Professor Ulrich Beck of the University of Munich and the London School of Economics and Political Science, known for his work on globalization and for his classic work on the ‘risk society’ gave a seminar in Oslo 12 May. The seminar was attended by 230 people, and was organized by PRIO in collaboration with the Goethe Institute, Oslo.Registration:

In this seminar Beck will discuss the World Risk Society, and the consequences for international politics. Ulrich Beck’s work focuses on globalization and social change, as well as their consequences for how we live (for example, individualization and social inequality). His name is closely linked to the concept of the ‘risk society’, which he introduced twenty years ago. He is also responsible for launching the concepts of the ‘elevator effect’ and the ‘two Moderns’.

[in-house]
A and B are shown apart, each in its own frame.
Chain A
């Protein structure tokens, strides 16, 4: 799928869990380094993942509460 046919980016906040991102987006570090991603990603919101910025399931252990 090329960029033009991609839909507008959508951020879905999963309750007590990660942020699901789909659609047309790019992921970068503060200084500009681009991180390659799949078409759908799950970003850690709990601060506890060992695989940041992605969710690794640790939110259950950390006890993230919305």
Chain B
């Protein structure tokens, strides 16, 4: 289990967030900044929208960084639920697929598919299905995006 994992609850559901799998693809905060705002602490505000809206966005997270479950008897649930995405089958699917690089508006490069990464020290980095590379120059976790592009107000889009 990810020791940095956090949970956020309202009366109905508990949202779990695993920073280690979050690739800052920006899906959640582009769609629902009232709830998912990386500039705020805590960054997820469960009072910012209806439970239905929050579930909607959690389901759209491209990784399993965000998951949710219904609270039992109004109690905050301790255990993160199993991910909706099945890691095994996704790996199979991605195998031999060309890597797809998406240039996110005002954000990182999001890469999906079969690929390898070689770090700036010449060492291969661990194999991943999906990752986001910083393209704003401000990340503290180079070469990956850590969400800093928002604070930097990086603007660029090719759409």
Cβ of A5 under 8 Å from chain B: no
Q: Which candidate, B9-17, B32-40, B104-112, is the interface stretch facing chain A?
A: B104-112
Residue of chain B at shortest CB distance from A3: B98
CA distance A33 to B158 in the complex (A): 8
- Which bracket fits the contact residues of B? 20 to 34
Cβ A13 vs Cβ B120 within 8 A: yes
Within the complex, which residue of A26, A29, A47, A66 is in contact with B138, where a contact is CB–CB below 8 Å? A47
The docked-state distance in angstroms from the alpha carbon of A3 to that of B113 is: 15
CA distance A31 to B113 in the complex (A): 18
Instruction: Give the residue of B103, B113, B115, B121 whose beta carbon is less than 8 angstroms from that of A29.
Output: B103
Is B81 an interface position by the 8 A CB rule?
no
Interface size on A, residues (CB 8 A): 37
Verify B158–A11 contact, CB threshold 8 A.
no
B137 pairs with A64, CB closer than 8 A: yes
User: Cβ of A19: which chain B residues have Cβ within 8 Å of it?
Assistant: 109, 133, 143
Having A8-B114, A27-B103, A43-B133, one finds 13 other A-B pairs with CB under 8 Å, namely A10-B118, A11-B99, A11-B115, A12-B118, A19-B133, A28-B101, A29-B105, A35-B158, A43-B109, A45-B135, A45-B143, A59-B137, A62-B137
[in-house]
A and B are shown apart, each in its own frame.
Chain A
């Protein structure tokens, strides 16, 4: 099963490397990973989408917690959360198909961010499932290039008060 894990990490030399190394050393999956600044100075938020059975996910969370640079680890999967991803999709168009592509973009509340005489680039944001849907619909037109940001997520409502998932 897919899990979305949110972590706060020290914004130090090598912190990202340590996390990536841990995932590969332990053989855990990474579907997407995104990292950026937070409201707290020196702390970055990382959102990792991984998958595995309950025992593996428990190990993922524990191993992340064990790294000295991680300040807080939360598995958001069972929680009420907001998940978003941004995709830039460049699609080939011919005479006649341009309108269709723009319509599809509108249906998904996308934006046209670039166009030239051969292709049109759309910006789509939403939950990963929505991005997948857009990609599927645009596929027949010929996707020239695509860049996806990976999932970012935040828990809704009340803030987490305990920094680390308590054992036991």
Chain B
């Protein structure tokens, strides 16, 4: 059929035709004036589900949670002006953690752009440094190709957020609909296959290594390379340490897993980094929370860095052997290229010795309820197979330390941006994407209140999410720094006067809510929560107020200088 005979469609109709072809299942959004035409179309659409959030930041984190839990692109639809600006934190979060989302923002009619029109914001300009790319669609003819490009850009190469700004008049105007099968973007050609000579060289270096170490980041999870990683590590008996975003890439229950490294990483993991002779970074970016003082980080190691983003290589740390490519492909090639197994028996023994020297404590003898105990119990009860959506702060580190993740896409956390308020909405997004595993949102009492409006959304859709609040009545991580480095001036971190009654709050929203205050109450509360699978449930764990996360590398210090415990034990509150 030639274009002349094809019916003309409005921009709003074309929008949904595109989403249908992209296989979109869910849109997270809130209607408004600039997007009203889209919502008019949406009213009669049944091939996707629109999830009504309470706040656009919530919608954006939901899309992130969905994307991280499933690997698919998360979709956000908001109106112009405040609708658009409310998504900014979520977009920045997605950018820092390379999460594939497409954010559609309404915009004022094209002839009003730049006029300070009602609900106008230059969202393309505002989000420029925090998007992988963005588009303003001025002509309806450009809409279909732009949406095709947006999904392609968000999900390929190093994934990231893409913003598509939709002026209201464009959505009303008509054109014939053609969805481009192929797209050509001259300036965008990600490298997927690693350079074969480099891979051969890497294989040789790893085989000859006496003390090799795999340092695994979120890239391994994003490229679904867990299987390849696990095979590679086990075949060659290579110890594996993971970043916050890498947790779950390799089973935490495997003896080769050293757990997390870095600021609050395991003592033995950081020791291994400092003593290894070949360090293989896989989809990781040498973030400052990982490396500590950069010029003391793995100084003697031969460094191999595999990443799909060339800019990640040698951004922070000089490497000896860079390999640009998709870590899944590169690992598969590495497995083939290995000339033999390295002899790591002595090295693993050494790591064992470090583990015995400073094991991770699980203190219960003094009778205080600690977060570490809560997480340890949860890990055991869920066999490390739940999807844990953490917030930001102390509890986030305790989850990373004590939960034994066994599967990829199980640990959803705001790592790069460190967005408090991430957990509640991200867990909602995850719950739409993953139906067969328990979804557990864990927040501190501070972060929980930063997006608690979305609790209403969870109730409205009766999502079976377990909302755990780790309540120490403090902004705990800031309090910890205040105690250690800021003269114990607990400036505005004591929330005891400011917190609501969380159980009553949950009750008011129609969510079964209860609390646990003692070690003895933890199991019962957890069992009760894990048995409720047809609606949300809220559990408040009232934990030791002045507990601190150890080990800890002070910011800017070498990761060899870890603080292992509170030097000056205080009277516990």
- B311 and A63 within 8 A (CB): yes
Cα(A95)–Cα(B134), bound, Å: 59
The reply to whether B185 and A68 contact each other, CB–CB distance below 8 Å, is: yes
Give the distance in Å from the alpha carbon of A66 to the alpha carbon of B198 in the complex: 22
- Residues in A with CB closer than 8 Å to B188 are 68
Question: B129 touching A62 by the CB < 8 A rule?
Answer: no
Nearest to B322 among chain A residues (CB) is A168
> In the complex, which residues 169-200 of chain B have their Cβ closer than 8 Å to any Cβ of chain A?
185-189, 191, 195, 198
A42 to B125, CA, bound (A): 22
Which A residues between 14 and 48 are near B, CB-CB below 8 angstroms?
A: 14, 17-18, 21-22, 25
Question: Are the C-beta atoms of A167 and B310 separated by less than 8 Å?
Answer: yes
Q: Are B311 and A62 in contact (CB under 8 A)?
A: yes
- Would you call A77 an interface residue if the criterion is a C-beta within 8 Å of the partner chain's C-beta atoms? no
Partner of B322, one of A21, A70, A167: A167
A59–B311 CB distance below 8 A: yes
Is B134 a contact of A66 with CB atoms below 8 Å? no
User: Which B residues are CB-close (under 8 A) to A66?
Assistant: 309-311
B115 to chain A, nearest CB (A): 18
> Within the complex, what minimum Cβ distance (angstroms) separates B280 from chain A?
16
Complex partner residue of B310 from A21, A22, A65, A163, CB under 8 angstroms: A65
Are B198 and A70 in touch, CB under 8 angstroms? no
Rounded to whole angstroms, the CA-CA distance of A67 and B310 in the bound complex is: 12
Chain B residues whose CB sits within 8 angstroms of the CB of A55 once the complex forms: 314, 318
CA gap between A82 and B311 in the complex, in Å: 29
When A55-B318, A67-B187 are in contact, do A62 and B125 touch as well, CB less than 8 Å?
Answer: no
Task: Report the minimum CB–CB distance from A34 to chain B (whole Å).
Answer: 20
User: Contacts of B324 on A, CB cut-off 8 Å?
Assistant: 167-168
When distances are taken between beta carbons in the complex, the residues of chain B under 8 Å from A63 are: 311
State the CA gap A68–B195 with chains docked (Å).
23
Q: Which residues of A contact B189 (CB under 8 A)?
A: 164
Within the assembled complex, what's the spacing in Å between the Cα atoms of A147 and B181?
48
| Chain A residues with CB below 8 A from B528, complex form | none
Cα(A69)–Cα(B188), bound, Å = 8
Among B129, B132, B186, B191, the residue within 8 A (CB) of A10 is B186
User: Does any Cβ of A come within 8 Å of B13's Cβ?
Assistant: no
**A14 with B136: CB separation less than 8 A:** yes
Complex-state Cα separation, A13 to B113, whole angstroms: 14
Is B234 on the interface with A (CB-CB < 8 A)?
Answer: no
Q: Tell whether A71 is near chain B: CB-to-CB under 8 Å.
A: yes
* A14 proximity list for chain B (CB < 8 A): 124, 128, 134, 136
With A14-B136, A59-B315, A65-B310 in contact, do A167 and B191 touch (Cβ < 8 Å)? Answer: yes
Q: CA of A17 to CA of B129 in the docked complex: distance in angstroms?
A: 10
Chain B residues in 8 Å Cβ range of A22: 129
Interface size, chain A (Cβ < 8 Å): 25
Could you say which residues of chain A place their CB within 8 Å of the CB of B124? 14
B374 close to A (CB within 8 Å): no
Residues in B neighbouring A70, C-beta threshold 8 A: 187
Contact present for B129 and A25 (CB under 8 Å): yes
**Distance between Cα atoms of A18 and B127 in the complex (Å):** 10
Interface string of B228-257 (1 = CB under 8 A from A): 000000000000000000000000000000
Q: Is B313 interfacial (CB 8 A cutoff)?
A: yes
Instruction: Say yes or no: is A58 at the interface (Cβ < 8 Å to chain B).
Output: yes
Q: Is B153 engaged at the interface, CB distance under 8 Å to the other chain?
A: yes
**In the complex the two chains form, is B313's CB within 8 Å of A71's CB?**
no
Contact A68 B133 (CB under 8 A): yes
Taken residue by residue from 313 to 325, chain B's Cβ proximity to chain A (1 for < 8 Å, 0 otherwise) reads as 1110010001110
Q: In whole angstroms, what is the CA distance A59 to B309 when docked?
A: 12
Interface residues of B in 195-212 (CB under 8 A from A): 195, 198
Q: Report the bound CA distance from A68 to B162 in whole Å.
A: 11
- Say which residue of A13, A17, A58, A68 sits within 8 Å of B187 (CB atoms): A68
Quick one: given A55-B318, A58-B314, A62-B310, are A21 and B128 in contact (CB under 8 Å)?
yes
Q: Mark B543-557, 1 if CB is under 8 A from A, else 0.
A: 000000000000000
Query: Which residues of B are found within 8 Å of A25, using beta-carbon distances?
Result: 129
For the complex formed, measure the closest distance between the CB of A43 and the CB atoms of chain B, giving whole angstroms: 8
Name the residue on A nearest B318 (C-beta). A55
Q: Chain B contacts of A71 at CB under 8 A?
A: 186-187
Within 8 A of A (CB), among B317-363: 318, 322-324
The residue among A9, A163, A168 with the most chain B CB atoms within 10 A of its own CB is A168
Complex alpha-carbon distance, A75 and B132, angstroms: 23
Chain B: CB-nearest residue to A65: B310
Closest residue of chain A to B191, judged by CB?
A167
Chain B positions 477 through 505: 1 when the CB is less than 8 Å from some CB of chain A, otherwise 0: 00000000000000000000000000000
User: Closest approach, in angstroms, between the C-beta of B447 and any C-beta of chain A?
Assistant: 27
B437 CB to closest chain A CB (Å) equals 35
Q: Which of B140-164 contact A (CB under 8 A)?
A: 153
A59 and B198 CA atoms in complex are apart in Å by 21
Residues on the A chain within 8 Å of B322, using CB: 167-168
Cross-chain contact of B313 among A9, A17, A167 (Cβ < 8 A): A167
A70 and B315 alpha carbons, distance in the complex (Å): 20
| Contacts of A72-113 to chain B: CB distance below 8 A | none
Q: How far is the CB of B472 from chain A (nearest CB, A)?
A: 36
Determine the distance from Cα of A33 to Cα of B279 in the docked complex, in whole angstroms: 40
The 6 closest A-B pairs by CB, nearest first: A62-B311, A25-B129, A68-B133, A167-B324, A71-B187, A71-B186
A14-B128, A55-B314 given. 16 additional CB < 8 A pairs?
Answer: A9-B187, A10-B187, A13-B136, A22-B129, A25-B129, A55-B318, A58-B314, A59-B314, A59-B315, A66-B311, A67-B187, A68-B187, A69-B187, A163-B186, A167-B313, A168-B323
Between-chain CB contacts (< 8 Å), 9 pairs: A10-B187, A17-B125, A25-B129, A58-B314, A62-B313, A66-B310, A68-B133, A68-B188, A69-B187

Ulrich Beck (b. 1944) is Professor of Sociology at the University of Munich and the London School of Economics and Political Science. He studied law in Freiburg, then sociology, philosophy, psychology and political science in Munich, where he also qualified for his doctorate in sociology in 1979. In 2005, Professor Ulrich Beck was awarded the Schader Prize: the most prestigious award within the social sciences in Germany. The Schader Foundation awards the prize to social scientists who, on account of their pioneering scientific work and exemplary dedication in dialogue with practice, have made a contribution to the solving of social problems. This is particularly fitting for the work of Ulrich Beck. In addition to his classic work on the risk society, Risikogesellschaft (1986), recent books include: * Der kosmopolitische Blick oder: Krieg ist Frieden (2004) * Kosmopolitisches Europa (2004). * Politik der Globalisierung (1998) * Was ist Globalisierung? (1997) Several of Ulrich Beck’s books have been published in Norwegian by Abstrakt Forlag. Ulrich Beck recently published an article entitled ‘War Is Peace: On Post-National War’ in the March 2005 issue of the journal Security Dialogue, which is edited at PRIO by J. Peter Burgess.